Unhurryup!™ into Easter #25


Lean into God's love, centering your attention and focus toward Him.

Think of a recent "stress" - it might be vocational, relational, financial, personal, medical etc...

Clench your hands as if you're holding onto that stress. As you tighten your fists, pay attention to where you feel the stress in your body. Is it manifesting somewhere besides your fists?

Notice your breathing - as you think about this stress, what parts of your body "tighten" - does your heart beat faster?

Now, take a few minutes and imagine God walking toward you. What is He inviting you to do with your burden?

Take a few deep breaths and as you exhale, slowly release your hands:
"Lord, I consent to your love and care today."
Evaluate honestly how you are as you come into His presence.
As you imagine God coming toward you and as you release your grip on your burdens, what else are you feeling? How would you describe to Him your "just-as-I-am" self? Take a moment, and without any pretense or masks or candy coating, tell God how you feel. Maybe even consider expressing it bodily (i.e. do you feel happy - get up and dance a little jig; are you angry? Slam your fist into a pillow. etc)

Notice what stirs your soul as you interact with the following:

Jesus Predicts His Death a Second Time

30They left that place and passed through Galilee. 
Jesus did not want anyone to know where they were, 
31because he was teaching his disciples. He said to them, 
“The Son of Man is going to be delivered over to human hands. 
He will be killed, and after three days he will rise.” 
32But they did not understand what he meant and were afraid to ask him about it.
 
The Holy Bible : Today's New International Version. (Grand Rapids, MI: Zondervan, 2005), Mk 9:30–32.

Jesus, for the second time, tells his disciples about his impending death and resurrection. He has pulled them aside so that they will not be distracted from the ongoing demands of the crowds. He wanted their full attention because he wanted to teach them about his suffering and rising.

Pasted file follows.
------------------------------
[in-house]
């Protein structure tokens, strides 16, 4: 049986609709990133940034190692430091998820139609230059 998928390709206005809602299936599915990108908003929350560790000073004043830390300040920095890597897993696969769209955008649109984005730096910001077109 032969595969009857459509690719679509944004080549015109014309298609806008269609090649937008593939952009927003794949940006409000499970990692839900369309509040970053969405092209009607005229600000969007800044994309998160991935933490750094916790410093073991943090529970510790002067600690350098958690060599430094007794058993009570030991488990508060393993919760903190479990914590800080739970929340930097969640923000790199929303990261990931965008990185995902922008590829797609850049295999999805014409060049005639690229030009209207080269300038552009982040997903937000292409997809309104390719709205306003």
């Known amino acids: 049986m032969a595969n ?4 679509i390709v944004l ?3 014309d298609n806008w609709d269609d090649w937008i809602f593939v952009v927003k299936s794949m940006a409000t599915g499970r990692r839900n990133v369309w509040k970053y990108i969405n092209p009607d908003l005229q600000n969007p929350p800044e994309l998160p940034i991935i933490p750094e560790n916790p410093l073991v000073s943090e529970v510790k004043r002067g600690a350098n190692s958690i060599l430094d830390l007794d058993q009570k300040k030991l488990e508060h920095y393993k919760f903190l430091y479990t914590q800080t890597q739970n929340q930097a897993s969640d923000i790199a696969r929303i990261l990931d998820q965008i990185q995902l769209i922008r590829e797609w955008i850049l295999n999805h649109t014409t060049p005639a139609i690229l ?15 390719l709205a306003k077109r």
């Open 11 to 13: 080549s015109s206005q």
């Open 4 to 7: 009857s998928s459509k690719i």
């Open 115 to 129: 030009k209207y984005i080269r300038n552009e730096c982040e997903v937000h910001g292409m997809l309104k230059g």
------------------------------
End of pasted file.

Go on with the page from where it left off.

They were not distracted by the needs of the ministry - but they were distracted by their own hearts. The disciples did not understand and so they didn't risk speaking up and looking foolish or perhaps having Jesus rebuke them again like he did to Peter the first time Jesus told them about his death. Why was he bringing this up again? This was a topic better left unchallenged, pushed aside. Do we really have to talk about this death stuff teacher?

So what did they do instead?
33They came to Capernaum. When he was in the house, he asked them, 
“What were you arguing about on the road?” 
34But they kept quiet because on the way they had argued about who was the greatest.

The Holy Bible : Today's New International Version. (Grand Rapids, MI: Zondervan, 2005), Mk 9:33–34.


Evidently, rather than ask Jesus about his death and what "rising again" meant, they chose, instead, to argue about who is the greatest. Classic deflection. Brilliant avoidance. Perhaps the only better strategy would have been to talk about who would win the World Cup - but that hadn't come into being yet.

The dynamics of these scenes are sad to me. Sad mostly, because of the fear that isolates: Jesus is left to think about his suffering alone. And frustrating because the disciples avoided questions that could have possibly transformed them on the spot. Instead, they resort to immature bantering and ego-posturing.

I am not too dissimilar. I can count many times in which when I have been confronted with something I didn't understand, or flat out didn't want to hear or deal with. But because of my fear, ego, or protectiveness, I zip my lip. Rather than ask and live into questions that might not have answers (but will transform me merely in the living of them), I resort to other activities that might bolster my confidence and ego - like arguing with others about who was the greatest. Or changing the topic...or giving an inspiring little pep talk to encourage the other to think more positively, to pull up their boot straps or take a deep breath, "cuz it'll all work out for the good." Coincidentally,  I don't ever see/hear God giving pep talks in the Bible.